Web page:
Statement from the Board of Directors of the Urban Affairs Coalition

Date: 
July 14, 2016

 

 

 

The events of the past few weeks - Orlando, the killings of Alton Brown and Philando Castile, the killing of five police officers in Dallas - have been difficult for many of us to understand.

As an organization that is committed to the belief that we get more done together than we do apart, these have been very painful weeks. We looked into the faces of hate and violence without rose-colored glasses. As we saw the mass shooting of 49 people in a gay night club, African-American men killed at the hands of police and police killed by the hands of hate, many of us are questioning our assumptions and feel that our deeply held beliefs are being tested.

As we try to process all that we've witnessed, it is critical to seek perspective.  In fact, one cannot help but recall that similar events led to the founding of the Urban Affairs Coalition.
 

 

It was 1964. 

 

Two police officers, one white and one black, approached a woman on Columbia Avenue - now called Cecil B. Moore Avenue.  There was a confrontation.  Rumors spread that a white police officer had beaten a pregnant African-American woman to death.  Years of pent up frustration and rage from generations of oppression and marginalization swelled and erupted into violence.  Looting and lawlessness ensued, resulting in the Columbia Avenue Riots.  

It begs the question: is this where we are headed?  Or do we look to 1968 in Philadelphia?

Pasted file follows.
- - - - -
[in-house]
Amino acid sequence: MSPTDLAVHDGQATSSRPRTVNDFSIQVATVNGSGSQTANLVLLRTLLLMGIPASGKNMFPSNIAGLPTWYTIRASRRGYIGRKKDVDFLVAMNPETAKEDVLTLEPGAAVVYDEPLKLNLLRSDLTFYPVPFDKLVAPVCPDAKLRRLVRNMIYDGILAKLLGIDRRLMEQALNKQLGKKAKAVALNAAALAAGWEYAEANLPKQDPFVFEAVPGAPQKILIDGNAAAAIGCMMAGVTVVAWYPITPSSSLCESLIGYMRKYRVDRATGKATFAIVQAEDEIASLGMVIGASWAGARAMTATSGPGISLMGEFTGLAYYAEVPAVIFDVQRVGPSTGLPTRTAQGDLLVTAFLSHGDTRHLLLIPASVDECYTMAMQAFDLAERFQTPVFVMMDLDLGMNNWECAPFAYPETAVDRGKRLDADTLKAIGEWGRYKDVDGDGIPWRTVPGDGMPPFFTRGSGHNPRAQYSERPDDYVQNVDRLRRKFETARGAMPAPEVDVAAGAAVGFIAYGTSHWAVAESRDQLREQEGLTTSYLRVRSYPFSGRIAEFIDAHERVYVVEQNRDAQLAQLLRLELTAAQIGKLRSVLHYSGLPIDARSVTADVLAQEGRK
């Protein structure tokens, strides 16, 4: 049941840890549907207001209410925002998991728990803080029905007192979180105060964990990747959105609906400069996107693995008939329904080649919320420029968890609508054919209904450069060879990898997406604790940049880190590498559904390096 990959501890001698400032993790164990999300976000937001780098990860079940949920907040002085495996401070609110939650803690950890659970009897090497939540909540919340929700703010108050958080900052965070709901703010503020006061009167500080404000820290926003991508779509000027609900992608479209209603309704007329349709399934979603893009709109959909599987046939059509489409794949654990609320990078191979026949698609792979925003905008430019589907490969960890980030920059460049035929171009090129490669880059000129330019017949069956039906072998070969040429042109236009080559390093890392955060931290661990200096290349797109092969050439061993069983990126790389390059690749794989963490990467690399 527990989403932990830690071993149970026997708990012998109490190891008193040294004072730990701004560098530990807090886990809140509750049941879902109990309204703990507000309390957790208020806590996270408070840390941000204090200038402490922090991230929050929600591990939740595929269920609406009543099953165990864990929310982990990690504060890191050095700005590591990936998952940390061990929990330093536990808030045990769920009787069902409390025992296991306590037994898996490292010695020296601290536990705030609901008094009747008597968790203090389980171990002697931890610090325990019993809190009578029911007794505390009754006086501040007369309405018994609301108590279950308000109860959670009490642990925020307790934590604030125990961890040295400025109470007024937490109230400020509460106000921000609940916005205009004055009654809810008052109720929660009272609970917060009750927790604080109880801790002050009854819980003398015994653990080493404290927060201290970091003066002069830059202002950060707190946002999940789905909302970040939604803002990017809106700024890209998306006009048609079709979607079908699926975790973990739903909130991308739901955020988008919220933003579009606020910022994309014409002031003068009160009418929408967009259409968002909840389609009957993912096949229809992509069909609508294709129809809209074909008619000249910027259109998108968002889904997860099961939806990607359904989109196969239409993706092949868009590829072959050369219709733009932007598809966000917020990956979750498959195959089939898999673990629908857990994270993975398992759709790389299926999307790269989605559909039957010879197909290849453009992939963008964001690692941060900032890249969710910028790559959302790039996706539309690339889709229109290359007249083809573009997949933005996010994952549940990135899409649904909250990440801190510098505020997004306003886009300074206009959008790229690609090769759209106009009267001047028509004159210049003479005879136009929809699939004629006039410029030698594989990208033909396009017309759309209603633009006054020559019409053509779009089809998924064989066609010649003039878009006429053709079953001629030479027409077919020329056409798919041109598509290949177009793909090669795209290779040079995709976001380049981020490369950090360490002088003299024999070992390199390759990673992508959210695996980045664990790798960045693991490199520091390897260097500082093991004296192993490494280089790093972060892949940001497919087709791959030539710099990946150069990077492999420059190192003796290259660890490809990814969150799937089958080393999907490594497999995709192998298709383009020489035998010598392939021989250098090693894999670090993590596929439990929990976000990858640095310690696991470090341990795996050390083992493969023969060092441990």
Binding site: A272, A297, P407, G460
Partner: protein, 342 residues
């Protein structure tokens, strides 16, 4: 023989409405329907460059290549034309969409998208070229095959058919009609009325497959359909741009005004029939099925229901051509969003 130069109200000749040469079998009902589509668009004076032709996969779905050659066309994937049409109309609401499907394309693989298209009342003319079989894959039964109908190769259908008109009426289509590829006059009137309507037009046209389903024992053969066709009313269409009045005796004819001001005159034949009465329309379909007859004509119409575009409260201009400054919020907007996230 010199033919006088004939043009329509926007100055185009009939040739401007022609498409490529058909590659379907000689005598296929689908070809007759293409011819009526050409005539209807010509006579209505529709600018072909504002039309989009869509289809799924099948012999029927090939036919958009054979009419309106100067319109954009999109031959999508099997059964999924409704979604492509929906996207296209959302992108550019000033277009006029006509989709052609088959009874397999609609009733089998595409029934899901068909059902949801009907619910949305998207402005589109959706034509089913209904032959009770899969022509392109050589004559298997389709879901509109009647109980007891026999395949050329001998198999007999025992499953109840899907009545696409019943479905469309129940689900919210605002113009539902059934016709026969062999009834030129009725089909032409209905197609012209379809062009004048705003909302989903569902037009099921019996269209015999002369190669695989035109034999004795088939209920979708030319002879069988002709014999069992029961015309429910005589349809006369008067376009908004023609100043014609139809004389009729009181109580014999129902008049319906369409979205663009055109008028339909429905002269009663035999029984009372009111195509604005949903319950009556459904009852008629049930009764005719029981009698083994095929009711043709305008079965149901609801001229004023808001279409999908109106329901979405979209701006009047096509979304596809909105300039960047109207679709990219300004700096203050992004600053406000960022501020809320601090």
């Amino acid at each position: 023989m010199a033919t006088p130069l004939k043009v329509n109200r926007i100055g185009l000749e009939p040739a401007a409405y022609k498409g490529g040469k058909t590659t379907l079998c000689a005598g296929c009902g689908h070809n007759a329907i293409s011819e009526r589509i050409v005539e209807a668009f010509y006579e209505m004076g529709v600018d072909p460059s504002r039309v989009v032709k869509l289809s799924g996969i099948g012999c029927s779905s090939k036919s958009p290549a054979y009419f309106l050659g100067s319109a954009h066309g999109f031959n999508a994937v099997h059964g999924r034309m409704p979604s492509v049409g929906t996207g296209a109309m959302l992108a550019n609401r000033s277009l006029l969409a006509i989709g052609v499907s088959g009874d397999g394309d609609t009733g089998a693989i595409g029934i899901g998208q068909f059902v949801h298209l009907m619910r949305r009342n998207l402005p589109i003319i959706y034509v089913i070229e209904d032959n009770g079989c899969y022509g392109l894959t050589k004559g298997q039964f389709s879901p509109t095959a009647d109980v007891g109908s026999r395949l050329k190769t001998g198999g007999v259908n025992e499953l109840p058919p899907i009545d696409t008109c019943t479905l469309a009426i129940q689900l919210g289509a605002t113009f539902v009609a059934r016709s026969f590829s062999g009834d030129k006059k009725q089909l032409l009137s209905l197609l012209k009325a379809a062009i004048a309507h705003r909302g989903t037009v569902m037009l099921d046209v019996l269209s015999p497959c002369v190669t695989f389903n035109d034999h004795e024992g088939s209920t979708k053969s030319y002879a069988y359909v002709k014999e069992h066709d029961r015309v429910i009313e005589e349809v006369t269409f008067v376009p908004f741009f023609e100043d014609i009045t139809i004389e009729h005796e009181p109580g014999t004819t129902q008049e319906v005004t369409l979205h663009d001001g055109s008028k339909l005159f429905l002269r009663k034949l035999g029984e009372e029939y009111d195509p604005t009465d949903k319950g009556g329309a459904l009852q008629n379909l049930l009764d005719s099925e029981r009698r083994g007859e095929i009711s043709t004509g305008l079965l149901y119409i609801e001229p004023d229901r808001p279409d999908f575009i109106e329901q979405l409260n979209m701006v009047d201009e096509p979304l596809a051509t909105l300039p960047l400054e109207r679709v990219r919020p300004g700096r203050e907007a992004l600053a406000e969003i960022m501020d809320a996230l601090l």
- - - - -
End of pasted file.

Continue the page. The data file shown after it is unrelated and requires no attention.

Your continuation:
Dr. Martin Luther King, Jr., the agitator and peacemaker, the man who said that "hate cannot drive out hate; only love can do that,” was assassinated in Memphis in the spring of 1968. It felt as if the country would fall apart. Yet, in response, Philadelphia's civic, grassroots and business leaders came together as a community. These leaders said, "We cannot relive 1964; we have to create a different path."

Out of that spirit, the Urban Coalition was born. We have worked in every neighborhood and with people of all walks of life to take on entrenched problems as well as emerging ones for nearly a half century. While we have made progress, too many continue to languish in inequity, exclusion and poverty. 

 

Today, we ask, “Is there a way out of this madness of racial oppression, social isolation, and class warfare in America?” 

A year before he was killed, Dr. King famously asked a similar question, "Where do we go from here: chaos or community?” 

How will we answer these questions? 

Our founders found an answer. They chose community and it is on this path that we must continue.